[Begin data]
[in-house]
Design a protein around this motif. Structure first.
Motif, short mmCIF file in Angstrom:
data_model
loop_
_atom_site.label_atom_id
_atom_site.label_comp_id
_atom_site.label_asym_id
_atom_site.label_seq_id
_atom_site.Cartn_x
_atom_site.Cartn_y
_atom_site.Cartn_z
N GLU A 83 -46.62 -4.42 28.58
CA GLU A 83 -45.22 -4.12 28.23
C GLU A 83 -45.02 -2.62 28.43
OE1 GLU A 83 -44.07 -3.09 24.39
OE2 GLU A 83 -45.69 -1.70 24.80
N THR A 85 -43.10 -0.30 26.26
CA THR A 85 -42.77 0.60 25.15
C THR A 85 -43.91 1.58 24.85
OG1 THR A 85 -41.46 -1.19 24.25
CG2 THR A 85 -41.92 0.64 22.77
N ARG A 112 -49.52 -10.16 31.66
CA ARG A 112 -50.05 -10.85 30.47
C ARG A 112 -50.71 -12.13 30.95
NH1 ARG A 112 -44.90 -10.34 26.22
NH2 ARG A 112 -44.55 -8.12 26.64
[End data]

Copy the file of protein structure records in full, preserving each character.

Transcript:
[in-house]
Design a protein around this motif. Structure first.
Motif, short mmCIF file in Angstrom:
data_model
loop_
_atom_site.label_atom_id
_atom_site.label_comp_id
_atom_site.label_asym_id
_atom_site.label_seq_id
_atom_site.Cartn_x
_atom_site.Cartn_y
_atom_site.Cartn_z
N GLU A 83 -46.62 -4.42 28.58
CA GLU A 83 -45.22 -4.12 28.23
C GLU A 83 -45.02 -2.62 28.43
OE1 GLU A 83 -44.07 -3.09 24.39
OE2 GLU A 83 -45.69 -1.70 24.80
N THR A 85 -43.10 -0.30 26.26
CA THR A 85 -42.77 0.60 25.15
C THR A 85 -43.91 1.58 24.85
OG1 THR A 85 -41.46 -1.19 24.25
CG2 THR A 85 -41.92 0.64 22.77
N ARG A 112 -49.52 -10.16 31.66
CA ARG A 112 -50.05 -10.85 30.47
C ARG A 112 -50.71 -12.13 30.95
NH1 ARG A 112 -44.90 -10.34 26.22
NH2 ARG A 112 -44.55 -8.12 26.64